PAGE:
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Efficacy of inactivated and cold-adapted vaccines against influenza A infection, 1985 to 1990: the pediatric experience


The Pediatric Infectious Disease Journal: August 2001 - Volume 20 - Issue 8 - p 733-740
Original Studies

Background. Influenza is a common and potentially serious infection in children. Although there is interest in broadening the use of influenza vaccine in healthy children, there are few large, randomized, controlled trials that evaluate the safety and efficacy of inactivated vaccine in the pediatric population.

Methods. From 1985 through 1990 a randomized, controlled trial of cold-adapted and inactivated vaccines for the prevention of influenza A disease was conducted at Vanderbilt University, and the cumulative results from this trial in patients of all ages have been previously published. We reanalyzed the data from this trial in the subset of patients who were younger than 16 years at the time of their participation. We determined vaccine safety, immunogenicity and efficacy, based on culture-positive illness and seroconversion, in this subset of patients.

Results. During the 5 years of the study, 791 children younger than 16 years received 1809 doses of either inactivated or cold-adapted vaccine or placebo. The vaccines were well-tolerated, and there were no serious reactions. Inactivated trivalent influenza vaccines were 91.4 and 77.3% efficacious in preventing symptomatic, culture-positive influenza A H1N1 and H3N2 illness, respectively. The efficacy of the inactivated vaccine based on hemagglutination inhibition assay seroconversion was 67.1 and 65.5%, respectively, for H1N1 and H3N2 serotypes.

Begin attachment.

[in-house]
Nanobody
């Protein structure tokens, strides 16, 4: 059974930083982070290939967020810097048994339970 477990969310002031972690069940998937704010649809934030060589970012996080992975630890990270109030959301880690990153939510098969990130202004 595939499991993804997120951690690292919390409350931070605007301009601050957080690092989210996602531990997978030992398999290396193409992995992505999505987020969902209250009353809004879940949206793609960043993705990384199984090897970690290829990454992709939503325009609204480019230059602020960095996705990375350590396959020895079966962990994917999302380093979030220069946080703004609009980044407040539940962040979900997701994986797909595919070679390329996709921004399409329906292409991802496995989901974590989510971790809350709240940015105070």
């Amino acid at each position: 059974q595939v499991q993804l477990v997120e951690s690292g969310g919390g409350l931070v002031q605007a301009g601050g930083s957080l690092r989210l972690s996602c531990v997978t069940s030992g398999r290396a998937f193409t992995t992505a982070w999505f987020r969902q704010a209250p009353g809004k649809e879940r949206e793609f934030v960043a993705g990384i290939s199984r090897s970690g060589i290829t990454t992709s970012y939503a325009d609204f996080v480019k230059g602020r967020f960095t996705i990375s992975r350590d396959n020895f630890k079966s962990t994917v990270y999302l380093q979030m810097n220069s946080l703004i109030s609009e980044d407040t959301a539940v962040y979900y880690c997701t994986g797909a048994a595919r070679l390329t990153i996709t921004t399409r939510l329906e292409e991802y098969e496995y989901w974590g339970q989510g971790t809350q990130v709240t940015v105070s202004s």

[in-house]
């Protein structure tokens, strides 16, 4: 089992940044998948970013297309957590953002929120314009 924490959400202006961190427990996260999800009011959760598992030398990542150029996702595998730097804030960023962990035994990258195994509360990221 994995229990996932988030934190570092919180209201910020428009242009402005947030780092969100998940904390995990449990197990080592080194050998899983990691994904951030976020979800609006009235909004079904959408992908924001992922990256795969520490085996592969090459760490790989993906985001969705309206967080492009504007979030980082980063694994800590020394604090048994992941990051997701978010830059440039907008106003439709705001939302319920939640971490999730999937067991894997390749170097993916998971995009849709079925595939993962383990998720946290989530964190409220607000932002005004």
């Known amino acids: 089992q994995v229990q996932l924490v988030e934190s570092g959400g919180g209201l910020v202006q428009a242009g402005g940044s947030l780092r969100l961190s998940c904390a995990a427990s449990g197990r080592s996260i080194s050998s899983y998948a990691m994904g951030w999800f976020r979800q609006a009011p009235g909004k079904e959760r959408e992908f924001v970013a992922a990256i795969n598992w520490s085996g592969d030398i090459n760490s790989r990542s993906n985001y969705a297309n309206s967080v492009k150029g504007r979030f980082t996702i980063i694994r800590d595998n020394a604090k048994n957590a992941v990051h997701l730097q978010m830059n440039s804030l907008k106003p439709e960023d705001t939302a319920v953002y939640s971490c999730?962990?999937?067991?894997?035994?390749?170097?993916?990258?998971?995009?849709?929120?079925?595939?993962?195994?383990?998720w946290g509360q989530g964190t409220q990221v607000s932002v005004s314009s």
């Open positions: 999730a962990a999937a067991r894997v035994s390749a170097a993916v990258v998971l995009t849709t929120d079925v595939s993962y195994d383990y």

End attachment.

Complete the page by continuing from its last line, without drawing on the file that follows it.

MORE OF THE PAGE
Conclusions. Inactivated trivalent influenza A vaccines are well-tolerated and efficacious in the prevention of influenza A disease in children 1 to 16 years old.

From the Department of Medicine, University of Washington School of Medicine and the VA Puget Sound Health Care System, Seattle, WA (KMN), and the Departments of Preventive Medicine (WDD) and Pediatrics (PFW, KME), Vanderbilt University School of Medicine, Nashville, TN.

Accepted for publication March 22, 2001.

Address for reprints: Dr. Kathleen Neuzil, University of Washington School of Medicine, Medical Service 111, 1660 S. Columbian Way, Seattle, WA 98108. Fax 206-764-2689; E-mail

© 2001 Lippincott Williams & Wilkins, Inc.